Space tourism venture Virgin Galactic says that 100 people purchased more expensive tickets to fly on the company’s suborbital spaceplane after it reopened ticket sales this August. That means that the company has roughly 700 ticket holders now for quick tourist trips to space, about 300 less than the 1,000 tickets Virgin Galactic is hoping to sell ahead of starting commercial flights of its vehicles. The company announced the news during its third-quarter earnings release out on Monday.
Though Virgin Galactic still has more tickets it aims to sell, the company says the additional sales from this quarter were better than expected. “We’re selling tickets ahead of the pace we planned,” Michael Colglazier, Virgin Galactic’s CEO, said during a presentation on the company’s third-quarter earnings. “The pricing strategy we announced last quarter has been well received.” Tickets were offered to a group of individuals who’d put down a refundable $1,000 deposit, showing their interest in flying with Virgin Galactic. Early next year, the company will open up ticket sales more broadly to people who inquired about flight information.
Virgin Galactic reopened ticket sales just a month after the company successfully flew its founder, billionaire Richard Branson, to the edge of space and back on the company’s primary spaceplane, called VSS Unity, in July. Taking off from Spaceport America in New Mexico, Branson flew with two test pilots and three other passengers, reaching a height of more than 53 miles before returning back to Earth.
about 300 less than the 1,000 tickets Virgin Galactic hoped to sell
The flight was a major spectacle, hastily scheduled nine days before rival Blue Origin flew its founder, Jeff Bezos, to the edge of space and back. And at the time, it was seemingly a major success. But in September, a story in the New Yorker revealed that Branson’s flight had actually deviated from its approved flight path when it returned to Earth. The Federal Aviation Administration temporarily grounded Virgin Galactic as the agency investigated the incident but ultimately resolved the issue and cleared the company to fly again in mid-September.
Before the investigation came to light, Virgin Galactic decided to reopen ticket sales, arguing that there had been a “surge in consumer interest following” Branson’s flight. The company opted to list tickets at $450,000, significantly higher than the $250,000 price tag during Virgin Galactic’s initial ticketing round years ago. To secure a ticket, customers had to put down a $150,000 deposit, $25,000 of which was non-refundable, according to Colglazier. Additionally, Virgin Galactic had been targeting to fly its next mission with people in September — a flight called Unity 23 that will carry three members of the Italian Air Force. It’s meant to be Virgin Galactic’s first revenue-generating mission.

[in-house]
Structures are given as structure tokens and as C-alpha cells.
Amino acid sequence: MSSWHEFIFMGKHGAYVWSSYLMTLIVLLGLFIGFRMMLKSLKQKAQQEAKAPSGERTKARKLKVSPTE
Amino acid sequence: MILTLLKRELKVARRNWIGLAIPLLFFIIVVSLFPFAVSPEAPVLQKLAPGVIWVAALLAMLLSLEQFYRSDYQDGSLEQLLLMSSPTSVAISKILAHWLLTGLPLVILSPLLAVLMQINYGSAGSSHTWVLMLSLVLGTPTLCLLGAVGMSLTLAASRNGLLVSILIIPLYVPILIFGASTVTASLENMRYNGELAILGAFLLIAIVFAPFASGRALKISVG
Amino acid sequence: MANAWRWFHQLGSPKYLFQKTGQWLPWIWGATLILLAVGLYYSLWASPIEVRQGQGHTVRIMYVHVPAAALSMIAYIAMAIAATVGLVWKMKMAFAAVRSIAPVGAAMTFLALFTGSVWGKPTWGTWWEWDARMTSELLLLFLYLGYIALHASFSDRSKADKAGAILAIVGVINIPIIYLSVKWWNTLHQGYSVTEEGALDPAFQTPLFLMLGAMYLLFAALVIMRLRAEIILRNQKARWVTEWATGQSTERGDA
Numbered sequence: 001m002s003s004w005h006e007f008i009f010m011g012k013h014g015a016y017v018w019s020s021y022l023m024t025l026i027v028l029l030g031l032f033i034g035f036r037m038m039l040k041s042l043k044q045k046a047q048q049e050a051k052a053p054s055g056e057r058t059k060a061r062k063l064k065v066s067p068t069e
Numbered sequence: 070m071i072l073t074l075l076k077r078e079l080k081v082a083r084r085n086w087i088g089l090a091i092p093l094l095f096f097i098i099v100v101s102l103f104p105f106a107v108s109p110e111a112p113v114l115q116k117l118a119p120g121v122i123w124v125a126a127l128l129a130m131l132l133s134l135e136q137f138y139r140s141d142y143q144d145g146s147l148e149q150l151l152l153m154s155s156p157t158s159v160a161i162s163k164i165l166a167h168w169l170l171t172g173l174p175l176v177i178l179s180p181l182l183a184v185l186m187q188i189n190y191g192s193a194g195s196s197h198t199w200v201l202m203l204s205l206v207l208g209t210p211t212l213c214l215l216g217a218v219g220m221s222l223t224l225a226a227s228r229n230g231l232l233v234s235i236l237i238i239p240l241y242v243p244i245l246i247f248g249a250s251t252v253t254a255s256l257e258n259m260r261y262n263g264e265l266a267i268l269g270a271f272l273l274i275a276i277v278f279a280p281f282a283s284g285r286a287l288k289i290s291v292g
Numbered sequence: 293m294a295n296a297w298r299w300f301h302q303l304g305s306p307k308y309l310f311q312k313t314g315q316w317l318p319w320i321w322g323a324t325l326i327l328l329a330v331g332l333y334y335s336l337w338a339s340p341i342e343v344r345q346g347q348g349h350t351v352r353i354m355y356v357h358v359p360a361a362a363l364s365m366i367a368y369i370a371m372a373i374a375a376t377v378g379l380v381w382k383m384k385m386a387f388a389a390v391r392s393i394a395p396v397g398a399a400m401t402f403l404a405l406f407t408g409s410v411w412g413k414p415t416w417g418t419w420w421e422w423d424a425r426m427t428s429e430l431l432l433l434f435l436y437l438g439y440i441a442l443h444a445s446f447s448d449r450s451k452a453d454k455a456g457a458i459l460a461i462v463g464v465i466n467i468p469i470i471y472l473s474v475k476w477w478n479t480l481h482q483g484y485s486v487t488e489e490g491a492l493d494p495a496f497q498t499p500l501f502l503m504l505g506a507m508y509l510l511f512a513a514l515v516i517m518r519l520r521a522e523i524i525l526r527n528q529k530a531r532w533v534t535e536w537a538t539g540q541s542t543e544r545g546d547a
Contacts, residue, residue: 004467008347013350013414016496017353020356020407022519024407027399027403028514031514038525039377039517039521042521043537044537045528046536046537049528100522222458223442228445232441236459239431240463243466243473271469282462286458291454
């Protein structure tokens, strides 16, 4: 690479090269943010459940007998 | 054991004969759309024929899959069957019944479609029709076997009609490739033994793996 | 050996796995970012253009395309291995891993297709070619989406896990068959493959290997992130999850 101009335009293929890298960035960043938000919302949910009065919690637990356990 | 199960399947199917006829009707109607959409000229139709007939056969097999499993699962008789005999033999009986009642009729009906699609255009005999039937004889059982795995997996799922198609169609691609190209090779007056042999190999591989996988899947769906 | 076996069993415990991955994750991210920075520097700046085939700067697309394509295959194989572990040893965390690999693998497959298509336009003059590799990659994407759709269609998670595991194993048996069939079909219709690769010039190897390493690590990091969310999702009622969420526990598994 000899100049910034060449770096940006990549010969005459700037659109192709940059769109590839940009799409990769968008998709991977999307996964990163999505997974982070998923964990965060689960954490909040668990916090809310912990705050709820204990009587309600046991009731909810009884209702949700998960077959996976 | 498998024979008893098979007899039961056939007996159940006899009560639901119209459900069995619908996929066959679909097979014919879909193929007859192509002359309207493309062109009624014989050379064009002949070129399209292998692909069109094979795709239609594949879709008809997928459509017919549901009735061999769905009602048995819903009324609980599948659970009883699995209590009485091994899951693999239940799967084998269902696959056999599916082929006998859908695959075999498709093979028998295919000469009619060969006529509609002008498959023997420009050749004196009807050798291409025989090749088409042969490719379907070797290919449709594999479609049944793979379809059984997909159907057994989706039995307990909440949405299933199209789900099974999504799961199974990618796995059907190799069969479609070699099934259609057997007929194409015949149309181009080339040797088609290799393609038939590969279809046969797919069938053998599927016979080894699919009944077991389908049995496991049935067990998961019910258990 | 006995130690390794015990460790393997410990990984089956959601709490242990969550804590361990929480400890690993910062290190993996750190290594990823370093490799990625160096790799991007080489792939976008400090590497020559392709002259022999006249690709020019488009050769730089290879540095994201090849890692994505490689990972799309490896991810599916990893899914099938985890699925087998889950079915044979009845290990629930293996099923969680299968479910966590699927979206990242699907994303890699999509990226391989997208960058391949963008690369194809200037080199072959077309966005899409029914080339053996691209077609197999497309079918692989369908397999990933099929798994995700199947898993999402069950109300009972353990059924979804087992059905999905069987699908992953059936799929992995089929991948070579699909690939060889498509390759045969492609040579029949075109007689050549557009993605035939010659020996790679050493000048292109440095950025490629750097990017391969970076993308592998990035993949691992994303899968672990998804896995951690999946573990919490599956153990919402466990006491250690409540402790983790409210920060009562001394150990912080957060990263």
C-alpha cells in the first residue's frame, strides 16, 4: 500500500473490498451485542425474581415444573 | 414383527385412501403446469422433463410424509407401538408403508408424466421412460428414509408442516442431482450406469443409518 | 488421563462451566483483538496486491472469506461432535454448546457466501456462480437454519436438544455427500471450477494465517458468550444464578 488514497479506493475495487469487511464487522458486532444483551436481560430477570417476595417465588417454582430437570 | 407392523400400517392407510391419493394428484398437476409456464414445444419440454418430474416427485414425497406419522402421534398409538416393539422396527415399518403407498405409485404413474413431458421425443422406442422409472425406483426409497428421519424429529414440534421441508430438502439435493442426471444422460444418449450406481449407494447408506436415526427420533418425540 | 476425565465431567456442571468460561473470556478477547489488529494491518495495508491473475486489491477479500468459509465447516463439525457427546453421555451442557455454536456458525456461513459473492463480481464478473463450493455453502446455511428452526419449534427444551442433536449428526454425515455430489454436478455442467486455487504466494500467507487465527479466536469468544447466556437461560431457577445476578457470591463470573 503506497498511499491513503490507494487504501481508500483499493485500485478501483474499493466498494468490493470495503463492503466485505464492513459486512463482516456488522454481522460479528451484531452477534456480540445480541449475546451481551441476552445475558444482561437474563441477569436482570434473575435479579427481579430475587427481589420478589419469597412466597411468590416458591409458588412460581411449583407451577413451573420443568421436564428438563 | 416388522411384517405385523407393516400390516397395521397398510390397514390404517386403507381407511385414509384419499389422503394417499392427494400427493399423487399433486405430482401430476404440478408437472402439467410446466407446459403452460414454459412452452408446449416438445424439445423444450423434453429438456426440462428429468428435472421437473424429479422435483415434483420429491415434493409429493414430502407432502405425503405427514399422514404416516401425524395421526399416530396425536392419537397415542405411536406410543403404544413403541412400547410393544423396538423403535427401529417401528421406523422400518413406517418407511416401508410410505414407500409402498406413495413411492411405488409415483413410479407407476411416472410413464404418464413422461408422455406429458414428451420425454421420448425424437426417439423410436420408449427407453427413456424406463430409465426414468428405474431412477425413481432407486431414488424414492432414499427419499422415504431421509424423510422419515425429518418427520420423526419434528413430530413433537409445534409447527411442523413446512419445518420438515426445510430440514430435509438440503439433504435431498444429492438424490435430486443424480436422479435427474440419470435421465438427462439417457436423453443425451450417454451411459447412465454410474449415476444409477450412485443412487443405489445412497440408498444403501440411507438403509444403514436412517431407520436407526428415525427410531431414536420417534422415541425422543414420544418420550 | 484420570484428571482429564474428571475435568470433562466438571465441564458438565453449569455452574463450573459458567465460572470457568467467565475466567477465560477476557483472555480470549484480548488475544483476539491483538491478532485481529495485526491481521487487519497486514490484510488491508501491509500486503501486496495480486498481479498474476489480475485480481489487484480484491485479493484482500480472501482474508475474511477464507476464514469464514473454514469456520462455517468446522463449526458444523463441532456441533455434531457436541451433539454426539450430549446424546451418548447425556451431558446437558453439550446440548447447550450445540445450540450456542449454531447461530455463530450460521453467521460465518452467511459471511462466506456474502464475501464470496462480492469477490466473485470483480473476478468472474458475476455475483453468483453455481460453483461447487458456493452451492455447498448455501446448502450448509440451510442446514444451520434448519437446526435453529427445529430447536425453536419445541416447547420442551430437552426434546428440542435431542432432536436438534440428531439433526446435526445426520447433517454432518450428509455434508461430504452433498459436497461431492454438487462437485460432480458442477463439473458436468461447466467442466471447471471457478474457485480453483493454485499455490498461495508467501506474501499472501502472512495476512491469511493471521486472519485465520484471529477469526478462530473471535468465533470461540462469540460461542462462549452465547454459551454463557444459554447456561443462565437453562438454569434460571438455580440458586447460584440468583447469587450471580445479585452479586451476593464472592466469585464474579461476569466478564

But in early September, Virgin Galactic announced a delay to Unity 23 after a third-party supplier “flagged a potential manufacturing defect in a component of the flight control actuation system” that it supplies to the company. Virgin Galactic opted to put the flight on hold and do inspections of its fleet to see if the defect was present in its vehicles. Along with VSS Unity, Virgin Galactic rolled out another vehicle, VSS Imagine, in March, and the company is working on another vehicle called VSS Inspire. Then in October, the company announced that it would not resume commercial flight operations until the end of 2022, more than a year after Branson’s flight, due to a comprehensive enhancement of the company’s vehicles. Meanwhile, VSS Imagine will not attempt its first glide flight until early 2023. That means Virgin Galactic’s customers could be waiting a while before they see space.
In its earnings report, Virgin Galactic also revealed that it had made $2.6 million in revenue this quarter but netted a total loss of $48 million, down from the $94 million net loss the company suffered in the second quarter of the year.